Gallery: Smarter Cities: Vertical Farming Could Ease World’s Agricultur...

 

By 2050, the world’s population will have increased by 3 billion people, requiring an additional chunk of arable land the size of Brazil in order to grow enough food. Add to that the potential loss of coastal property from rising sea levels, crop loss from drastic weather related incidents, and the need to reforest large swaths of land to sequester CO2. What we’re left with is a global mess that could be helped by a new agricultural technique – vertical farming. Located in an urban setting, the vertical farm is a win-win idea that automates the production of food in a more sustainable manner, by reducing waste, pollution and carbon emissions.

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9 Comments

  1. octavia September 24, 2012 at 7:01 pm

    The idea of high-rise vertical farming is a massive con to separate idealistic, scientifically uneducated investors from their money. Honestly,you would do better to grow lettuce, tomatoes and herbs on your city balcony.

  2. Dawn72 August 3, 2011 at 1:57 am

    Is it economically and ecologically viable and preferable to normal flat farming?

    Some of the criticism of vertical farms include it’s economics and environment. It seems that savings from transporting food doesn’t match the costs of lighting, air conditioning and building that would be required for vertical farming. The economist magazine and criticism on wikipedia show that it isn’t viable in its current concept.

    What these critics don’t see is that buildings, in their idea state, are multi-use structures (combining office, shopping, living, recreation, and light production in the same building). A building needn’t be strictly office space. It can have narrow farm areas along it’s sunnier sides, which are connected with the building’s lunch/break rooms. This way people can have a very pleasant place to eat, and their food waste and coffee grounds would easily go into the composting apparatus. The office workers would provide CO2 for the plants and the plants return the favor with oxygen and cleaner air.

  3. G L Bansal October 5, 2010 at 12:24 pm

    The idea of VF is exciting and catching also but my only apprehension is of insect pest and disease attack, if occurs, can destroy the system very quickly

  4. Chuck Goodman February 5, 2010 at 6:12 pm

    Nice sci-fi graphics but here’s the real thing happening right NOW…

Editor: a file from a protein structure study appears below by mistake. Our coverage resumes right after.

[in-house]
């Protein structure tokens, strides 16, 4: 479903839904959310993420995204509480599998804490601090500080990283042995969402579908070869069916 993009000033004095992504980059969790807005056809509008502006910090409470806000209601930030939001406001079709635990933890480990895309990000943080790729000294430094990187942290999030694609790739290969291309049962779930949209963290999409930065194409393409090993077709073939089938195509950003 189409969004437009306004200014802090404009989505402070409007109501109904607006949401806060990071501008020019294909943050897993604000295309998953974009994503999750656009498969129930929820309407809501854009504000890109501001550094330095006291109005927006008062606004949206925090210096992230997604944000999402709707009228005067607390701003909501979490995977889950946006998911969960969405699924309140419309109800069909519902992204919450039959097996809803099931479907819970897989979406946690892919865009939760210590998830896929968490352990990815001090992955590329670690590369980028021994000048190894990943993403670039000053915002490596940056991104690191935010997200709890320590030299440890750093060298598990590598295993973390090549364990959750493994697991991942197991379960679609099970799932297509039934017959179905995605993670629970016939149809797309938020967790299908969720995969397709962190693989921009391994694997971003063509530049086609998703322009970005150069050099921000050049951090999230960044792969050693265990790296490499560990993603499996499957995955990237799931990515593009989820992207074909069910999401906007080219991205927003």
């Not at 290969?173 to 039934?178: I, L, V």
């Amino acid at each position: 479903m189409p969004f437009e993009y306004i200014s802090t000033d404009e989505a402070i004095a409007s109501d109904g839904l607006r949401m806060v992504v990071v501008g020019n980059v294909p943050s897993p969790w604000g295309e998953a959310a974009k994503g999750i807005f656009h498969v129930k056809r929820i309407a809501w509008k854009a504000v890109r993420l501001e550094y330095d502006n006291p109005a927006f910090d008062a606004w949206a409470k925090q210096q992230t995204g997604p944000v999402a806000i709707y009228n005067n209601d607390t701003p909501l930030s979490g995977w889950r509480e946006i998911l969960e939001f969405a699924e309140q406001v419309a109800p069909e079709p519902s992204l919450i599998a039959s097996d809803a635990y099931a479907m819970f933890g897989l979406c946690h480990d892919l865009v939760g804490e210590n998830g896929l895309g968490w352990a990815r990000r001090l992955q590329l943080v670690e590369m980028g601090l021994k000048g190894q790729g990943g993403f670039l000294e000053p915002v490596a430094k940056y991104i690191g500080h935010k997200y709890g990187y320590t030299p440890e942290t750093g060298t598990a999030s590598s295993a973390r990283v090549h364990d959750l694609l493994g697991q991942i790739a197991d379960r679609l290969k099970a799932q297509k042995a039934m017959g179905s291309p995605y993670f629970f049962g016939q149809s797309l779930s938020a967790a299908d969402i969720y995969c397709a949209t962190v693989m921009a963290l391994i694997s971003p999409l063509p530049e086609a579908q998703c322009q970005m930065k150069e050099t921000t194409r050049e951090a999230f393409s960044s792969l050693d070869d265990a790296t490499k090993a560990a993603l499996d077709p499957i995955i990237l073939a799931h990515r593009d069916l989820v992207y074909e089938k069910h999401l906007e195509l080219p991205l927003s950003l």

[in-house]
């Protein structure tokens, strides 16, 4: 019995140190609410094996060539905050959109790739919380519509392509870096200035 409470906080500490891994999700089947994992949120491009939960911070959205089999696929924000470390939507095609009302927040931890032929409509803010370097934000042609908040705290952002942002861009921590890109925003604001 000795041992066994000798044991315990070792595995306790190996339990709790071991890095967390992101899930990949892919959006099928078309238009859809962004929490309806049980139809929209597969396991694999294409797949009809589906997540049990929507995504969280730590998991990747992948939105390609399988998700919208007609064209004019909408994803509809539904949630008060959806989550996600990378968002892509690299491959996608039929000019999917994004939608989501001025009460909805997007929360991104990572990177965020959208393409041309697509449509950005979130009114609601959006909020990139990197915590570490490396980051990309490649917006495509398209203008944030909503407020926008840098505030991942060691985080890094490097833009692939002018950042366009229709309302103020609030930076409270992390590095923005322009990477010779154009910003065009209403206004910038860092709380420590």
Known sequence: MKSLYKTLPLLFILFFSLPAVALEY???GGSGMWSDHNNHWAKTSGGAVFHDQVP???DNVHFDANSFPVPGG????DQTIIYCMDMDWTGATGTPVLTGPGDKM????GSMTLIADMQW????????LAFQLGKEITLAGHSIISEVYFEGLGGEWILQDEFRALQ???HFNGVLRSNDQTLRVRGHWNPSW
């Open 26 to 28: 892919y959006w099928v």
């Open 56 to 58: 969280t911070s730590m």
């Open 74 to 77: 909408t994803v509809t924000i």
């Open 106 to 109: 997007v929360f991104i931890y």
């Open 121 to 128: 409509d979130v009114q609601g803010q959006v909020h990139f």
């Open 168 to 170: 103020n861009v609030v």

Time Magazine says Valcent’s Vertical Farming Technology one of the Top 50 Best Innovations of 2009: http://bit.ly/5zDIqh

    “I can’t think of any technology that addresses more urgent issues than Valcent’s vertical farming system”, says RFK Jr http://bit.ly/cPb00g

  5. javakimmy7 October 22, 2009 at 11:35 am

    very interesting

  6. David Nock October 18, 2009 at 10:39 am

    In an era of further increases population, I question the logic of automating the production of food … especially since the cultivation of food is such an inherently human endeavour.

    Indeed, agriculture and permanent settlements are the two interdependent and interwoven foundational aspects of civilization.

    I want to be clear: I am not against vertical farming.

    I just believe that our primary focus should be ‘making better use of what we already have’ … making best use of the available land area (soil) in urban/suburban areas. By this, I mean the yard spaces of residential properties (mostly suburban, admittedly), as well as school yards, commercial/industrial properties and institutional/hospitality.

    And we need to involve people in the production of food, not automate.

    Question this?

    Then, ask yourself: How would you like your current employment ‘automated’?

    Gardening is such a human (and humane) activity – inherently satisfying, healthy and gives people ‘meaning’ to their lives (especially from the soul-destroying of so much modern employment).

    As for vertical farming, if it increases awareness of the importance of food (production) and makes it ‘high profile’, then it will serve a major purpose.

    It is my work to create this new Urban Agriculture as new professional industry.

    I write about Urban Agriculture and the greater aspect of Urban Transformation on my blog:

    Join me in discussion. http://www.davidnock.com/

    Thanks,

    David Nock

  7. victoriainbend October 16, 2009 at 11:00 pm

    You should check out the independent short film called Homegrown about a family who produces 6,000 lbs of organic veggies a year out of their 1/4 acre of land in PASADENA, CA…they supply the area restaurants with the organic food!!!!!

  8. BenGreene October 15, 2009 at 9:18 pm

    Love it! If your interested in following the development of a vertical farm, check us out at http://www.thefarmery.com. We’re building a 4 story urban farm sized to fit in a neighborhood.

  9. BenGreene October 15, 2009 at 9:06 pm

    If your interested in seeing the process of a vertical farm being built, check out my blog, http://www.thefarmery.com. My team and I are building a 4 story vertical farm out of shipping containers. So we are focused on smaller, neighborhood sized farms instead of 50 story megabuildings. Let me know what you think! http://WWW.THEFARMERY.COM

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